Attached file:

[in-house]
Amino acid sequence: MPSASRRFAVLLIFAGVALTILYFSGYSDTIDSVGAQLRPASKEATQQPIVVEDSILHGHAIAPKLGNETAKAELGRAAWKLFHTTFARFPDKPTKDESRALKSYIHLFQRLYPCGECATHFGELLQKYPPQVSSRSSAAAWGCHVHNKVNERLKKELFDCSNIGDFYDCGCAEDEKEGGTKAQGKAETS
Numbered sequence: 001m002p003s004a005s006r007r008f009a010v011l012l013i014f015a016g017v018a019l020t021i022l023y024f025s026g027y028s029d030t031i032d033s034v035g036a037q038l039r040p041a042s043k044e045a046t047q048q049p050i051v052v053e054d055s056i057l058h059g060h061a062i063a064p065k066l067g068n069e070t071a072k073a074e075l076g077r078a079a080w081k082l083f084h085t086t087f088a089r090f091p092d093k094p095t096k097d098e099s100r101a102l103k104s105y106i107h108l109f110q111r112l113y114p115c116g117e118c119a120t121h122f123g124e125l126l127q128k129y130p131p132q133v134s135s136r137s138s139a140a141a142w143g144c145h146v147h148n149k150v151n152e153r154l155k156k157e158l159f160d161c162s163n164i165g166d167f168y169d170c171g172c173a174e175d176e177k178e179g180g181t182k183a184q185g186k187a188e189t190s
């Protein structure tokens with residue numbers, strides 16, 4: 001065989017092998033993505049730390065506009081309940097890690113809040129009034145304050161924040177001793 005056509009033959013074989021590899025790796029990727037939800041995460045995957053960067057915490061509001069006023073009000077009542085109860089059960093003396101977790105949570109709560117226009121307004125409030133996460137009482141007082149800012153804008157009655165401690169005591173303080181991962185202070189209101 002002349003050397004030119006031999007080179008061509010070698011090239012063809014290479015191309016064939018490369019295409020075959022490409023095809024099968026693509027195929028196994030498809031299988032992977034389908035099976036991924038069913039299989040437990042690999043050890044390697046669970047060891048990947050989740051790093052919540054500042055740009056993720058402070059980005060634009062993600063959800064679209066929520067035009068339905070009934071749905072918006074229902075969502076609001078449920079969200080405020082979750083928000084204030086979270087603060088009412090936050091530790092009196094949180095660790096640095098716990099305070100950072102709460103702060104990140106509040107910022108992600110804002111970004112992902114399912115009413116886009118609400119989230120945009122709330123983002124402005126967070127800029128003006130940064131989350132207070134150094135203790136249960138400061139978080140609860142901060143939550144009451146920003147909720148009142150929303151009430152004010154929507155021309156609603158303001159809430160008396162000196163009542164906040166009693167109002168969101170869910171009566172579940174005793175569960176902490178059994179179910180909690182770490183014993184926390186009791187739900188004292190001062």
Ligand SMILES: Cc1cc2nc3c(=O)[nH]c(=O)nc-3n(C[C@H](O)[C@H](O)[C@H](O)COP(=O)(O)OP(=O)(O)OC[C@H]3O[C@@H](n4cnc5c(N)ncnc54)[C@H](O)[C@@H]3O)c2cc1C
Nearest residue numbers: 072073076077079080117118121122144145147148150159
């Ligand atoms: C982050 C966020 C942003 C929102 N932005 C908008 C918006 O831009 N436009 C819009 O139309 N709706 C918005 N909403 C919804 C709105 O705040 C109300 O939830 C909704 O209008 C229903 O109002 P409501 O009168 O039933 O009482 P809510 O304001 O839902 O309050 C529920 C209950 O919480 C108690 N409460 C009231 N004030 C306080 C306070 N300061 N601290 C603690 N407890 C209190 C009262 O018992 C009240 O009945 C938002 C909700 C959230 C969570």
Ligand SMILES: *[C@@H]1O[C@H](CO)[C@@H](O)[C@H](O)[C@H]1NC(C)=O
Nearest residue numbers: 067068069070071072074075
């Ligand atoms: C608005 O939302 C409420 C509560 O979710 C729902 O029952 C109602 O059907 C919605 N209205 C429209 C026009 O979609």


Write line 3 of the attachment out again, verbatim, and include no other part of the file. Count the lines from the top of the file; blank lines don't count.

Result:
Numbered sequence: 001m002p003s004a005s006r007r008f009a010v011l012l013i014f015a016g017v018a019l020t021i022l023y024f025s026g027y028s029d030t031i032d033s034v035g036a037q038l039r040p041a042s043k044e045a046t047q048q049p050i051v052v053e054d055s056i057l058h059g060h061a062i063a064p065k066l067g068n069e070t071a072k073a074e075l076g077r078a079a080w081k082l083f084h085t086t087f088a089r090f091p092d093k094p095t096k097d098e099s100r101a102l103k104s105y106i107h108l109f110q111r112l113y114p115c116g117e118c119a120t121h122f123g124e125l126l127q128k129y130p131p132q133v134s135s136r137s138s139a140a141a142w143g144c145h146v147h148n149k150v151n152e153r154l155k156k157e158l159f160d161c162s163n164i165g166d167f168y169d170c171g172c173a174e175d176e177k178e179g180g181t182k183a184q185g186k187a188e189t190s